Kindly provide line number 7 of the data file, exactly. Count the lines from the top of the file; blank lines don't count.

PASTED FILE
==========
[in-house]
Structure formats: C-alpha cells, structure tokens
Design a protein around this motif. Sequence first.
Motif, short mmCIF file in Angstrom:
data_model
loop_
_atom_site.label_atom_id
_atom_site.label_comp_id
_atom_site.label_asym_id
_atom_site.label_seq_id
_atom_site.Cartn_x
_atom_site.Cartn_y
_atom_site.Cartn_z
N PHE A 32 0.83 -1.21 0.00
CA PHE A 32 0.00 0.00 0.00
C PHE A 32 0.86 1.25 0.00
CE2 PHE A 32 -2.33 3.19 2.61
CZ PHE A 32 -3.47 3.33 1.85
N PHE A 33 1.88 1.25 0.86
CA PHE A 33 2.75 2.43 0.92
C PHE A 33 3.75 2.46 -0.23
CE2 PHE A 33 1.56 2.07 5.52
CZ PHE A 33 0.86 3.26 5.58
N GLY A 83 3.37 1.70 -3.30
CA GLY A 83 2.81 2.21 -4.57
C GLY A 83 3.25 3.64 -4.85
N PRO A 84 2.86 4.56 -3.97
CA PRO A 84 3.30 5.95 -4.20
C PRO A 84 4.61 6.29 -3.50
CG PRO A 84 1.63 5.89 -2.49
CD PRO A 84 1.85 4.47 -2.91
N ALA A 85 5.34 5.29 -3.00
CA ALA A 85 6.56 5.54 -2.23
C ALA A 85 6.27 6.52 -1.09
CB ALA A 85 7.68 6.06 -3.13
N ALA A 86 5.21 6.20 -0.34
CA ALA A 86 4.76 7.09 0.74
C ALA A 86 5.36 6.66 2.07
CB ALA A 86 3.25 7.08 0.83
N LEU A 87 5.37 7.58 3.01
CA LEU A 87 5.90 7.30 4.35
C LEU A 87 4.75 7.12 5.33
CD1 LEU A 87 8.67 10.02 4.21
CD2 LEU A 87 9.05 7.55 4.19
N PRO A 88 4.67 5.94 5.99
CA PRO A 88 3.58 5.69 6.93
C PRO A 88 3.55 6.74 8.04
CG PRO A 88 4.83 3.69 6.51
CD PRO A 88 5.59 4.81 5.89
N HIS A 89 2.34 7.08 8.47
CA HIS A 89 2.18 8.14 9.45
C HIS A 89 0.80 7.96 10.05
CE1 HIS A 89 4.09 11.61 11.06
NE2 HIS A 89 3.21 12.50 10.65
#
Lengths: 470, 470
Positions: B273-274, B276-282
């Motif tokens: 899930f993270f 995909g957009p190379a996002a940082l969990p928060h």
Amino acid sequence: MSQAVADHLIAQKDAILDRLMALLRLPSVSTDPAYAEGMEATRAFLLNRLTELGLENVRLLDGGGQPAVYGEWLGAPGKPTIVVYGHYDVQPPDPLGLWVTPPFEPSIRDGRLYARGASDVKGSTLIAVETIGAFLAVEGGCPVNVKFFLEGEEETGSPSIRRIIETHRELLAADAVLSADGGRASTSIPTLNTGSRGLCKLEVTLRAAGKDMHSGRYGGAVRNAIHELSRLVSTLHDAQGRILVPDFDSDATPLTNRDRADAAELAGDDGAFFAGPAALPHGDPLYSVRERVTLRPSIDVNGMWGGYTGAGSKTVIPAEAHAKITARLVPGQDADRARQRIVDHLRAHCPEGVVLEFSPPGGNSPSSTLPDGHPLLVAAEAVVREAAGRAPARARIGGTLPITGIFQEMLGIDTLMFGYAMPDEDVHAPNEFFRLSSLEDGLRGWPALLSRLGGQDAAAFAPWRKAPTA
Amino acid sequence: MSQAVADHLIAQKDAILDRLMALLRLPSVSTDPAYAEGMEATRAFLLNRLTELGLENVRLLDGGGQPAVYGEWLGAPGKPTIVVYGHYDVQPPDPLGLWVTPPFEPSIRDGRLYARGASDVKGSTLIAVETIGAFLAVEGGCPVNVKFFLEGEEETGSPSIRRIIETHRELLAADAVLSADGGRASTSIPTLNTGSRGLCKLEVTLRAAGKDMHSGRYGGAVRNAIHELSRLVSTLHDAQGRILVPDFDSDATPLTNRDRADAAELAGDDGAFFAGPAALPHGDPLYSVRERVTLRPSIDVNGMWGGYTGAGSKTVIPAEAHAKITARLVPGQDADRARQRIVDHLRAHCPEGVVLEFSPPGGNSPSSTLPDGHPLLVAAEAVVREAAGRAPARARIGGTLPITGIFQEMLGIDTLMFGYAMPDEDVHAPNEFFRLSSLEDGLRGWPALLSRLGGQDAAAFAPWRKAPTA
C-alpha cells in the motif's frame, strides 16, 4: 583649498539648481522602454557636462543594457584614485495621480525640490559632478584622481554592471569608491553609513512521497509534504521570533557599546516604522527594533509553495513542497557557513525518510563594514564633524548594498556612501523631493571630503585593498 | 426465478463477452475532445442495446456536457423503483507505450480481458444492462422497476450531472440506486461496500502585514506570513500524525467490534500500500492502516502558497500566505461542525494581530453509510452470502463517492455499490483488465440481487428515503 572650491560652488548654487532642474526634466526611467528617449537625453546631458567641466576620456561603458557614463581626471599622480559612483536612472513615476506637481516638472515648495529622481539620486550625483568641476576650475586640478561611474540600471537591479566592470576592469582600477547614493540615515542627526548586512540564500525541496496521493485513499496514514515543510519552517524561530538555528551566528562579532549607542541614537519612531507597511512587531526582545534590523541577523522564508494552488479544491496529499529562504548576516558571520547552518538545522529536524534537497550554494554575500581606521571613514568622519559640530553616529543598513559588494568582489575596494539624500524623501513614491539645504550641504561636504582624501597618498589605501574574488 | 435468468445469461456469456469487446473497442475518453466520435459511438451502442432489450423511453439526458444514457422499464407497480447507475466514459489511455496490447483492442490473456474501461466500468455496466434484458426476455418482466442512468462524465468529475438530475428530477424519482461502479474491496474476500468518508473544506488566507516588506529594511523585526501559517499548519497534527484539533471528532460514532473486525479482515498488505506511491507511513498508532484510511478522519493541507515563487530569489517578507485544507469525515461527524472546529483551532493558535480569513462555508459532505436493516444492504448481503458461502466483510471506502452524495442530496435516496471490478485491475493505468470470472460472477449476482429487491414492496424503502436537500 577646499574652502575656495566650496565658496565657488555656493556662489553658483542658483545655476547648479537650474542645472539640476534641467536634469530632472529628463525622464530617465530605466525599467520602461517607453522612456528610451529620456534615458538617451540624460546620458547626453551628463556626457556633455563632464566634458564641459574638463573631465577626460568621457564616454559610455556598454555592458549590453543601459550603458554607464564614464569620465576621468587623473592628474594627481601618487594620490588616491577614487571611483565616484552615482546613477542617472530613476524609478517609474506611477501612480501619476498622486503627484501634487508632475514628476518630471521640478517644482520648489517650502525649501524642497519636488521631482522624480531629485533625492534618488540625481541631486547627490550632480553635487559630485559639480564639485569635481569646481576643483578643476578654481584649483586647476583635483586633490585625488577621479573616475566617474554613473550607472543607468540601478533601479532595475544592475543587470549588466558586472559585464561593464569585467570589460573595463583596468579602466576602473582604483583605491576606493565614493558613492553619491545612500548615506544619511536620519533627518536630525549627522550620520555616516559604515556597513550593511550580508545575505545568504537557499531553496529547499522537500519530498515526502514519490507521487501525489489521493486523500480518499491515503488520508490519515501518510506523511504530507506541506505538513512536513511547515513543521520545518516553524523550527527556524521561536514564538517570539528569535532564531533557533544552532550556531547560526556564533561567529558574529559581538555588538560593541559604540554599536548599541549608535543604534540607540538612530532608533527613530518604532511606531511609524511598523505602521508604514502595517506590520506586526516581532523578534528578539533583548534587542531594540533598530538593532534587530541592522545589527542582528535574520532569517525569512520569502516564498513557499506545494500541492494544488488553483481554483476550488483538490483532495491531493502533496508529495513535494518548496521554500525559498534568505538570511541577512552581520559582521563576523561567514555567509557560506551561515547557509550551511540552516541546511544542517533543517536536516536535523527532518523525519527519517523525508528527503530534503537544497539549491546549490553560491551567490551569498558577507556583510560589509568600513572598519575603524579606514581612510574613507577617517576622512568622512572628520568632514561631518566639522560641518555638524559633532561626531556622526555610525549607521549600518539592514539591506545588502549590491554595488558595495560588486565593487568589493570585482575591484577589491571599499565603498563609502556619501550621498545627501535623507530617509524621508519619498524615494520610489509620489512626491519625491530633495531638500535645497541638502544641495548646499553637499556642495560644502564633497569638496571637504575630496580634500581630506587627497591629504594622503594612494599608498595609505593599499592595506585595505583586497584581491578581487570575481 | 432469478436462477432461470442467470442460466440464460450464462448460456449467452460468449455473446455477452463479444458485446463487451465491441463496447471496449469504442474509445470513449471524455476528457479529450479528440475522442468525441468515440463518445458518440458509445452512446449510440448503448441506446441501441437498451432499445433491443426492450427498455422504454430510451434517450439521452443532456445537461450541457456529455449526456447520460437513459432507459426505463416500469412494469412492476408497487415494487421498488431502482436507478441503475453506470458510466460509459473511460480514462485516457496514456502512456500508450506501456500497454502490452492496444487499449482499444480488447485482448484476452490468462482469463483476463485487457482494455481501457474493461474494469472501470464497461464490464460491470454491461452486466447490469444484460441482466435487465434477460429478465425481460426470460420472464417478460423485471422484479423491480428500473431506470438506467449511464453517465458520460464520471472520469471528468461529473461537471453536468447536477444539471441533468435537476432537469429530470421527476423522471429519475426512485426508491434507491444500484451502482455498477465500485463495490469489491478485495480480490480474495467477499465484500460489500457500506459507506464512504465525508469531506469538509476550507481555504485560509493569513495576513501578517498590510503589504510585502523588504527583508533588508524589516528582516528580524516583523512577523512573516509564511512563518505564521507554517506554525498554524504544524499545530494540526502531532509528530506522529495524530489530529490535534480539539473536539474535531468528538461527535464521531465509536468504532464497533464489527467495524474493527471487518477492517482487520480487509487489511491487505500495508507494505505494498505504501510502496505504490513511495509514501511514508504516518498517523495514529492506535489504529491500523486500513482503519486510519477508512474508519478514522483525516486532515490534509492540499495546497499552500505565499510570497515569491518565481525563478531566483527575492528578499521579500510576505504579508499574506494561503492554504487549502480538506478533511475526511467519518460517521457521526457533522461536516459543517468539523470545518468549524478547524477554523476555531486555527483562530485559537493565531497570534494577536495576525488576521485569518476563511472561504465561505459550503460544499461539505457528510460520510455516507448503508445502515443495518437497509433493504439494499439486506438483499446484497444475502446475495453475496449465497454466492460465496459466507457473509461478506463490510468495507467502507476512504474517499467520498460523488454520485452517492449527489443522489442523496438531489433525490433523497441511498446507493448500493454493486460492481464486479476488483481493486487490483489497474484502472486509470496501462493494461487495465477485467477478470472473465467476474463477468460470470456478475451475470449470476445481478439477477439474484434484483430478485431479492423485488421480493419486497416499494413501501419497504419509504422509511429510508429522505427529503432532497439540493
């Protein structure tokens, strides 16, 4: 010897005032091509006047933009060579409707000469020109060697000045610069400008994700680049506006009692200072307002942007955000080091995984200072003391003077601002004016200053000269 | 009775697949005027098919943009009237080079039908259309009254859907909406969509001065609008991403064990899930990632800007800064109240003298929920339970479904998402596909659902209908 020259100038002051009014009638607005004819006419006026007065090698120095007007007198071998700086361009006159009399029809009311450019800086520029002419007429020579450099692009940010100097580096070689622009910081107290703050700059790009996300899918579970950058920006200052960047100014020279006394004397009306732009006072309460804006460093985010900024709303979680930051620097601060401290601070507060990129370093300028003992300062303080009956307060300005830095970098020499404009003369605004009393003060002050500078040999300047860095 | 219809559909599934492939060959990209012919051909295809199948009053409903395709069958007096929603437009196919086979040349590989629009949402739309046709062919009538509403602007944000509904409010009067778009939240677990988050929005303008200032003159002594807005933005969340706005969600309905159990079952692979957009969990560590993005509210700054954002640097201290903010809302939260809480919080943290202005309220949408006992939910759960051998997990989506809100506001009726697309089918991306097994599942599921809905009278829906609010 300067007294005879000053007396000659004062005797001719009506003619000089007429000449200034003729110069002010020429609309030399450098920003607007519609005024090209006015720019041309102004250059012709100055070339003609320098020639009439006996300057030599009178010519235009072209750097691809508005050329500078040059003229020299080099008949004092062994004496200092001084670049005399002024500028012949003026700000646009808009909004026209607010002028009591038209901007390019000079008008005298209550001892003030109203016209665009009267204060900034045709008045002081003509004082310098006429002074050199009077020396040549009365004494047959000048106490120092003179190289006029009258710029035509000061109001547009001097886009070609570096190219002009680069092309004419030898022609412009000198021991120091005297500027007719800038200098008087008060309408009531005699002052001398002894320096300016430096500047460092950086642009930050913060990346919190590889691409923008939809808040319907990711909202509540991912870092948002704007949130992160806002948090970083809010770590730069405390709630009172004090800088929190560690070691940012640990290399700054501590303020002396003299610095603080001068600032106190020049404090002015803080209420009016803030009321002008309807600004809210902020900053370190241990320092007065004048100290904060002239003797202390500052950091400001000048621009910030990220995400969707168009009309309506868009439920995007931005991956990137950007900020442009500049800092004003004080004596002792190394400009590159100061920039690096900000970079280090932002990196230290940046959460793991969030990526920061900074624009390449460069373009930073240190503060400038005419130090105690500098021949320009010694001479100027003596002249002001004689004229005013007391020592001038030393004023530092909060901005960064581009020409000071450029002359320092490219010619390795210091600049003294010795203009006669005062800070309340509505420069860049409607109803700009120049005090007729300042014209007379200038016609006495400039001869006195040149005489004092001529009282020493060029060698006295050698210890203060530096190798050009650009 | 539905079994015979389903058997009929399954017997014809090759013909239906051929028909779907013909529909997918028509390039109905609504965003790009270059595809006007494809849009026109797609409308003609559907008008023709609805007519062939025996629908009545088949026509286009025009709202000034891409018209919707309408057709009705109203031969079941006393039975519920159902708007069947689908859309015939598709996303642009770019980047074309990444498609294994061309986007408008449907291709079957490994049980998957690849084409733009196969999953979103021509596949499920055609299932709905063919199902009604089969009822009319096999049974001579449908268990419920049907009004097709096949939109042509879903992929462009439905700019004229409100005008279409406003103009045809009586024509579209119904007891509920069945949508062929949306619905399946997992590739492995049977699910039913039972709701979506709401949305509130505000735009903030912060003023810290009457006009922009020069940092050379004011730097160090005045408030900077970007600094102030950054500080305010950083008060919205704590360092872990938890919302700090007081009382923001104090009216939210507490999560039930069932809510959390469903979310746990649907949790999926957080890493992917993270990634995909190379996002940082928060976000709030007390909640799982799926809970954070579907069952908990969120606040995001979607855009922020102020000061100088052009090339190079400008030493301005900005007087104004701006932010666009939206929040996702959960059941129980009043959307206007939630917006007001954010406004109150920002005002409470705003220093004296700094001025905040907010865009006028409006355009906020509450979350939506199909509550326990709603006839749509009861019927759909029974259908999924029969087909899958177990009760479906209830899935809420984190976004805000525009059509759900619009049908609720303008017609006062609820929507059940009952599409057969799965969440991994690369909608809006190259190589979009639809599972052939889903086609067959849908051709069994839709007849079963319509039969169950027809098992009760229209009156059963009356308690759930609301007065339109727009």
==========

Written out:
_atom_site.label_atom_id